I recorded the interview and took some pictures of the precinct but I think they are of no use to me since I am not going to use any of this information in my project.

I have sent out e-mails to some people high up in the FaceBook world to see if I can talk to somebody about the inner workings of FaceBook but I have a feeling I may not get much. More ideas to come.

Reacting to the text and online readings

Posted in Reaction on February 22, 2009 by danbastian

Journalism 2.0 has a chapter dedicated solely to blogs. I found this chapter informational and useful because this is the first blog that I have kept up with ever. When I thought I wanted to be a true journalist, I started a sports blog (I wanted to be a sports writer) but I only posted three times over 2 weeks. Blogging takes a lot, by that I mean having the time to do it everyday and wanting to do it everyday is a lot. Anyways, this chapter sort of changed my perspective on blogs because I assumed everybody would just read mine right away, which is where I was wrong. Developing an attracting writing style as well as keeping up with posting seems what fuels a successful blog, and hopefully that is what I am doing.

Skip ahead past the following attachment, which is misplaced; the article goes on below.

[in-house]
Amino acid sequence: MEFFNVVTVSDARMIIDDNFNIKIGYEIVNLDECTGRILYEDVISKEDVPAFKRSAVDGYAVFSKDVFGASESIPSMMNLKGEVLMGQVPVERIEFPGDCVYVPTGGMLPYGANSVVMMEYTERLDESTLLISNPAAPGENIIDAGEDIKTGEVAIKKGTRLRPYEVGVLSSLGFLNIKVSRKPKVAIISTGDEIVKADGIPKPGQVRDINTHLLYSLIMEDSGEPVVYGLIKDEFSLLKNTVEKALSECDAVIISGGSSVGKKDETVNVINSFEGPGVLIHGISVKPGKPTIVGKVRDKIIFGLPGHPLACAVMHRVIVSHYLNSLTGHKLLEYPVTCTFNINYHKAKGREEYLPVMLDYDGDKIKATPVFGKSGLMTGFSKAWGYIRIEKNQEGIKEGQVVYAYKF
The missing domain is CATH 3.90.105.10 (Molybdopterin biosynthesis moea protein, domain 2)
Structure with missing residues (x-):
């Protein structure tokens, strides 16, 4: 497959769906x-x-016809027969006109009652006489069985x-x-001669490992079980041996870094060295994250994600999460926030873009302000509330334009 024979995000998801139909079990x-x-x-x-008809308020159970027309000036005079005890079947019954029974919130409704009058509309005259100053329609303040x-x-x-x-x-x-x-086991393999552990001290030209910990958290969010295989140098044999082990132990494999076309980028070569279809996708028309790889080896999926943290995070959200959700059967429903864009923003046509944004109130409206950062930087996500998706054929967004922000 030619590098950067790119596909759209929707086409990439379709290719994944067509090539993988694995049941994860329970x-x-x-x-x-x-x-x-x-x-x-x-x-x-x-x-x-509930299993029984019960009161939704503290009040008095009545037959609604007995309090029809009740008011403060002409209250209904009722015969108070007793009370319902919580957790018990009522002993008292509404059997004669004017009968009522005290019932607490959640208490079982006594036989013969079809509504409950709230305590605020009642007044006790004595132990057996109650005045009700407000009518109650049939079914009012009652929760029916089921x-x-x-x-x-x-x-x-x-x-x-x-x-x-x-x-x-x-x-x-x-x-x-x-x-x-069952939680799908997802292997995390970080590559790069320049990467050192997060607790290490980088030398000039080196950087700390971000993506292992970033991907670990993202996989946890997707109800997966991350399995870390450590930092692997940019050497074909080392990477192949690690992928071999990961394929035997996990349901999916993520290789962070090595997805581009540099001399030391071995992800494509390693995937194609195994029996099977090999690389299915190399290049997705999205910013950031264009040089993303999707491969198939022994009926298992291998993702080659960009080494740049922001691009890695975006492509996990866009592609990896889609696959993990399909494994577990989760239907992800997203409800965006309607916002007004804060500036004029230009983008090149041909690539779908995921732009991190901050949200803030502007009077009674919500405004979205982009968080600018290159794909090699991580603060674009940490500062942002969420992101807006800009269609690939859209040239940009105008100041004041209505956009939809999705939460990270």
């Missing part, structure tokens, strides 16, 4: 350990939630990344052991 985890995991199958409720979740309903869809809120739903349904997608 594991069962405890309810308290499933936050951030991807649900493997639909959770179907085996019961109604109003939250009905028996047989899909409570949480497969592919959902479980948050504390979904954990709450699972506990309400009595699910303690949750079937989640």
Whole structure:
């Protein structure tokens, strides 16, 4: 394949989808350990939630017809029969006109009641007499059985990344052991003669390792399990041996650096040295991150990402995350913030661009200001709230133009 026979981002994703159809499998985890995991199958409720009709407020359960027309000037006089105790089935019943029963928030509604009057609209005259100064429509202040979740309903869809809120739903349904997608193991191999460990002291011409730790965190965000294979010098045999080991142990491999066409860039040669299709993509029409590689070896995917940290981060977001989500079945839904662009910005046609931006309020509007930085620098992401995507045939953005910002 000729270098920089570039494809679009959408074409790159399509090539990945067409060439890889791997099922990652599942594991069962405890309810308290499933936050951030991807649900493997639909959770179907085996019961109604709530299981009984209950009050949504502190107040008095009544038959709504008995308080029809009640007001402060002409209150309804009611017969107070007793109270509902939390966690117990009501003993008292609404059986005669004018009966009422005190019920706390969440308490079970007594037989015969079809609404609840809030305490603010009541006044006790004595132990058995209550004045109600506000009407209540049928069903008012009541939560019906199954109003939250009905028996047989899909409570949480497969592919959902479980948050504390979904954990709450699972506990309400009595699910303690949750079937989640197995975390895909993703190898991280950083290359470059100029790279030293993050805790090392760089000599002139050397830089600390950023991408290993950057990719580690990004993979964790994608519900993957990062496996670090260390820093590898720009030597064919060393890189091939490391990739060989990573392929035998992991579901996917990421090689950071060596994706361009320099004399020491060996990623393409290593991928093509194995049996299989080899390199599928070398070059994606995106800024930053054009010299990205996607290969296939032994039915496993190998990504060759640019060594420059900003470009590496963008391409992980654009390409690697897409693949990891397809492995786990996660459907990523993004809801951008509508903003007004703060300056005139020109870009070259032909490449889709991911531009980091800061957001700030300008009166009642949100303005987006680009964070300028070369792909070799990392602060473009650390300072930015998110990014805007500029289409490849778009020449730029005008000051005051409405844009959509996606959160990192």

And the online article that I feel like I’ve paid most attention to is Writing for the Web – Tips. I thought I knew how to write for the web – well sort of. I interned for the baltimoresun.com and got a crash course in writing for the web. Little did I know I must not have paid that much attention because the concept of brevity and conciseness is hard for me to grasp. Maybe because I like to be wordy and try to sound smarter than I am. Anyways I’ll take the advice of the article and stop now.

Reporting – Upcoming interviews.

Posted in Reporting on February 15, 2009 by danbastian

Unfortunately I was unable to conduct an interview this week relating to my topic, but I have a scheduled interview with Joe Grossman this week, who works in a drug unit for the Baltimore City Police Department. He is a friend of mine who I’m meeting for lunch to interview him for this project.

Details to come.

YouTube used to solve the case

Posted in Research on February 15, 2009 by danbastian